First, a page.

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Sekou Smith

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Kobe Bryant had 17 points in Game 4, but was just 7-for-18 from the floor and missed all five 3-pointers.
Ronald Martinez/NBAE/Getty Images

Lakers' threepeat quest comes to crashing halt in Dallas


Posted May 8 2011 9:59PM

DALLAS -- As swift as it was stunning and as thorough as it was convincing, another Los Angeles Lakers championship era ended on this day, crash landing before a worldwide audience Sunday afternoon at American Airlines Center.

The Dallas Mavericks' fingerprints were all over the wreckage. But this was an inside job. This Lakers team, aiming for its fourth straight trip to the NBA Finals and its third straight title, not to mention a fitting end to the Hall of Fame reign of retiring coach Phil Jackson, broke down under the pressure.

It was not supposed to end this way, not with two-time defending champions having to crawl out of town on the receiving end of a 3-point storm from an inspired Mavericks team, losing 122-86 in Game 4 and being swept in the Western Conference semifinals.

It was an embarrassing finish to Jackson's career, his quest for an unprecedented fourth threepeat and a 12th championship ring ended in a sea of wide-open shots knocked down by a Mavericks team that sank a record 11 3-pointers in the first half to blow the game wide open and the Lakers' season and the Kobe-Phil-Pau Gasol era up.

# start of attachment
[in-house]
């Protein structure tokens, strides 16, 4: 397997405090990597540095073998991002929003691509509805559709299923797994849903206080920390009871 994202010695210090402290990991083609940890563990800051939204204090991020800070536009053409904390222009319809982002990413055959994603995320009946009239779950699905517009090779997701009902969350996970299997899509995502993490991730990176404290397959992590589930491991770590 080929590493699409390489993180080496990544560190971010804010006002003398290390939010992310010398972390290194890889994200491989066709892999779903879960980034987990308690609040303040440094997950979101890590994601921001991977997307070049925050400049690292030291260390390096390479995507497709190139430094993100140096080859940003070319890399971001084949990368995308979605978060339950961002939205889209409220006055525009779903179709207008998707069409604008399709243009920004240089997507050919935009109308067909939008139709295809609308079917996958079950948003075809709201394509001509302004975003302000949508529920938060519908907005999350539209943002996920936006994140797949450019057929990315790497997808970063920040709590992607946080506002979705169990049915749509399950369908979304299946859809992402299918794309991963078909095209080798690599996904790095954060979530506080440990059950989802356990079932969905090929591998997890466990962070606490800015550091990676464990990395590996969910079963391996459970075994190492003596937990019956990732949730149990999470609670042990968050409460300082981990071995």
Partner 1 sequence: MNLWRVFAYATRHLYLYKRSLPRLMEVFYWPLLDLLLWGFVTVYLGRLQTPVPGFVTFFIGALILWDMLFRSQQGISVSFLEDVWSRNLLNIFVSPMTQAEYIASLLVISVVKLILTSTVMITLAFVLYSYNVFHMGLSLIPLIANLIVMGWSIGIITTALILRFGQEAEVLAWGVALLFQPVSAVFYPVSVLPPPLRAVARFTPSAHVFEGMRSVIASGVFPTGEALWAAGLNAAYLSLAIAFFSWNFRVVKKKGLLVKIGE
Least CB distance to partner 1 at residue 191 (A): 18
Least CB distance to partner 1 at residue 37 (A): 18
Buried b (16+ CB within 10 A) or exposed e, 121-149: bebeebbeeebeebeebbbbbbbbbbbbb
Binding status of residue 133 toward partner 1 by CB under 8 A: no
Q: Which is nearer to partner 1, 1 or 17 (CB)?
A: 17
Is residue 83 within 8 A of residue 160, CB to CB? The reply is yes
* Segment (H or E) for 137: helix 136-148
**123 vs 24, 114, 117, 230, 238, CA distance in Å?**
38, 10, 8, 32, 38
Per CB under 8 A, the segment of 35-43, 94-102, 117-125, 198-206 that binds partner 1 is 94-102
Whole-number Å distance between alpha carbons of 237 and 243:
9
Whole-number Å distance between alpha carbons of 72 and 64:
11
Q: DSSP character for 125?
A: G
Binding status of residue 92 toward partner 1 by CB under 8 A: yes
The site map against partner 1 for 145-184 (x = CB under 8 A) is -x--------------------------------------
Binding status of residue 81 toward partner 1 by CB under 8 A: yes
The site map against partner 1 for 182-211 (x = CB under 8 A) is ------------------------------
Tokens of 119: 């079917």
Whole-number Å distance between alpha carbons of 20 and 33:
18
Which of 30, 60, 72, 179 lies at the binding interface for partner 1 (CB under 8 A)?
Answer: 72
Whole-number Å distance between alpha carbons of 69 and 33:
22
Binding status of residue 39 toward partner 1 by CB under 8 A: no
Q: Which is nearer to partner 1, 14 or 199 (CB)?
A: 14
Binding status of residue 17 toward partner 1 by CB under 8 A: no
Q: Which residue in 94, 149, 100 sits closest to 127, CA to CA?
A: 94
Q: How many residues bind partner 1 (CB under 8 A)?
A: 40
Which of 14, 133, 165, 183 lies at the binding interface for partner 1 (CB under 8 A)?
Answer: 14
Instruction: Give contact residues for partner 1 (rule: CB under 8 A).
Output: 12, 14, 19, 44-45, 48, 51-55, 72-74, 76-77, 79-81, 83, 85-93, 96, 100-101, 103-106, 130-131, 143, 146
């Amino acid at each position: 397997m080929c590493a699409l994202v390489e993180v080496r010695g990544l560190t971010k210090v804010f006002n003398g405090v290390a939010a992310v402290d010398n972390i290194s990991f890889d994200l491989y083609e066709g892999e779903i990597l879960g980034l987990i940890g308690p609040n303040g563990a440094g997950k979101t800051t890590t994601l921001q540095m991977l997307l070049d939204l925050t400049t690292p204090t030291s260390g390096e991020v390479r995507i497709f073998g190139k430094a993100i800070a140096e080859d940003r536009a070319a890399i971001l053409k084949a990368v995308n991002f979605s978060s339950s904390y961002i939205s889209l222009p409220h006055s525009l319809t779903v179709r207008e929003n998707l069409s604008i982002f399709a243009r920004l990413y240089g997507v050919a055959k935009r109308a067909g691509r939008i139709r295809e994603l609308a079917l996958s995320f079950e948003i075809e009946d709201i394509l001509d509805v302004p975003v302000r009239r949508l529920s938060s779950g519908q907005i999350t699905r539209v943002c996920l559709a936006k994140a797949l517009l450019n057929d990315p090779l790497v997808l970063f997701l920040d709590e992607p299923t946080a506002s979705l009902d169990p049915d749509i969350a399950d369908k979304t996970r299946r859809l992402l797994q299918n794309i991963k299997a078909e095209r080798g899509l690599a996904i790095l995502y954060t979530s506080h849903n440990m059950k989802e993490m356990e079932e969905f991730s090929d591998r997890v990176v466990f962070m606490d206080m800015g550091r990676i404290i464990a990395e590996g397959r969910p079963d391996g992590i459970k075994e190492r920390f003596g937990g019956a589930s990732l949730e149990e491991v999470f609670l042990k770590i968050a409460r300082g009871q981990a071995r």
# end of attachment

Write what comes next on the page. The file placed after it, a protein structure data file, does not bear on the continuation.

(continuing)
The cheap shots that came later from the Lakers -- both Lamar Odom and Andrew Bynum lost their cool and were ejected for flagrant fouls before it was over -- added a tasteless punch to one of the most epic meltdowns a championship contender has endured.

"We were losing by 30," a still stunned and clearly embarrassed Odom said after it was all over. "What the [expletive] do you expect?"

All season long, but especially in this series, this Lakers team continued to reach down for something, a championship reserve maybe, that simply was not there.

"I don't know where we lost it, that certain drive and bond that we've had in the past, that cohesive drive that we've had in order to overcome adversity," Odom said. "When I think about this series and this game, it looked like we got beat by ... a good team that, of course, we respect. But their bond on the basketball court was a little better than ours, it seemed like. They were able to come back down from 16 [points in Game 1] and seven or eight with three minutes to go [in Game 3], and there was just something missing in us."

The Lakers hid it as best they could during the regular season. But Gasol admitted Sunday evening that there were signs that this group wasn't up to the task of its predecessors. The Lakers lost more home games during the regular season than they did in either of their two championship seasons.

They still entered the postseason as the favorites to come out of the Western Conference and were considered by most to be the favorite to win another title. Even after they stumbled early against the New Orleans Hornets in the first round, losing Game 1 at home, they seemed to get back on track, winning that series in six games behind a rejuvenated Bryant and dominant showings from Bynum.

"It's been a rough road this year in general," said Gasol, who was a shell of his All-Star self in the postseason after playing like an MVP candidate at the start of this season, when Bynum was out recovering from offseason knee surgery. "This team was a roller coaster. We had ups, great ups. We had downs. We had a lot of home losses this year that we shouldn't have. We didn't start the playoffs right and we obviously didn't finish them right."